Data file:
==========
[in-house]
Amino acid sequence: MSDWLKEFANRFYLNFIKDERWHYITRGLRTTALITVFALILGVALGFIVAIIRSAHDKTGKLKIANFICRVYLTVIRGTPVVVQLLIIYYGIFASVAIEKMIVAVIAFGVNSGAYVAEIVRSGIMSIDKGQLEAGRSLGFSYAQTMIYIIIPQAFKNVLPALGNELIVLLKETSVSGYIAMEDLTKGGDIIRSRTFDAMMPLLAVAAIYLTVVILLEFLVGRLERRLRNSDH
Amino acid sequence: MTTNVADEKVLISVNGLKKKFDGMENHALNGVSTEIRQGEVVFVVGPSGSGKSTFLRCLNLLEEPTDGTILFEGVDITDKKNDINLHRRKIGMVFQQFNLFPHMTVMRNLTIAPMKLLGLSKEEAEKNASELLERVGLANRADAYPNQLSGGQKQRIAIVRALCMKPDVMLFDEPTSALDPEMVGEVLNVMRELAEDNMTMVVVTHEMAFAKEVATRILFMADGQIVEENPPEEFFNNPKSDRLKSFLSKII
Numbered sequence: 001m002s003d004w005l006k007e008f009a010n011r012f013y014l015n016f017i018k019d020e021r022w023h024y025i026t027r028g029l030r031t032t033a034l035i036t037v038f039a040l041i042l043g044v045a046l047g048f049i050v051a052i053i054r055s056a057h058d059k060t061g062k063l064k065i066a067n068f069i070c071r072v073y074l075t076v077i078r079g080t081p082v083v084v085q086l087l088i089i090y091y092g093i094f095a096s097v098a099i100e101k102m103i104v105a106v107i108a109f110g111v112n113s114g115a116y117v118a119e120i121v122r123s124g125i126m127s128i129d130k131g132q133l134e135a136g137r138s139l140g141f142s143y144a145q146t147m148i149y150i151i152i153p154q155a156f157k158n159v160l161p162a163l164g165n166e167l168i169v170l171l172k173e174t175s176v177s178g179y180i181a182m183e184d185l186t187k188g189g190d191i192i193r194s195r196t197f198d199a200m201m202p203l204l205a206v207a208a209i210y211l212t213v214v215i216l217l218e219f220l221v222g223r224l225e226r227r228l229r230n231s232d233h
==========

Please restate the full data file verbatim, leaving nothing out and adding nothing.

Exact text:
[in-house]
Amino acid sequence: MSDWLKEFANRFYLNFIKDERWHYITRGLRTTALITVFALILGVALGFIVAIIRSAHDKTGKLKIANFICRVYLTVIRGTPVVVQLLIIYYGIFASVAIEKMIVAVIAFGVNSGAYVAEIVRSGIMSIDKGQLEAGRSLGFSYAQTMIYIIIPQAFKNVLPALGNELIVLLKETSVSGYIAMEDLTKGGDIIRSRTFDAMMPLLAVAAIYLTVVILLEFLVGRLERRLRNSDH
Amino acid sequence: MTTNVADEKVLISVNGLKKKFDGMENHALNGVSTEIRQGEVVFVVGPSGSGKSTFLRCLNLLEEPTDGTILFEGVDITDKKNDINLHRRKIGMVFQQFNLFPHMTVMRNLTIAPMKLLGLSKEEAEKNASELLERVGLANRADAYPNQLSGGQKQRIAIVRALCMKPDVMLFDEPTSALDPEMVGEVLNVMRELAEDNMTMVVVTHEMAFAKEVATRILFMADGQIVEENPPEEFFNNPKSDRLKSFLSKII
Numbered sequence: 001m002s003d004w005l006k007e008f009a010n011r012f013y014l015n016f017i018k019d020e021r022w023h024y025i026t027r028g029l030r031t032t033a034l035i036t037v038f039a040l041i042l043g044v045a046l047g048f049i050v051a052i053i054r055s056a057h058d059k060t061g062k063l064k065i066a067n068f069i070c071r072v073y074l075t076v077i078r079g080t081p082v083v084v085q086l087l088i089i090y091y092g093i094f095a096s097v098a099i100e101k102m103i104v105a106v107i108a109f110g111v112n113s114g115a116y117v118a119e120i121v122r123s124g125i126m127s128i129d130k131g132q133l134e135a136g137r138s139l140g141f142s143y144a145q146t147m148i149y150i151i152i153p154q155a156f157k158n159v160l161p162a163l164g165n166e167l168i169v170l171l172k173e174t175s176v177s178g179y180i181a182m183e184d185l186t187k188g189g190d191i192i193r194s195r196t197f198d199a200m201m202p203l204l205a206v207a208a209i210y211l212t213v214v215i216l217l218e219f220l221v222g223r224l225e226r227r228l229r230n231s232d233h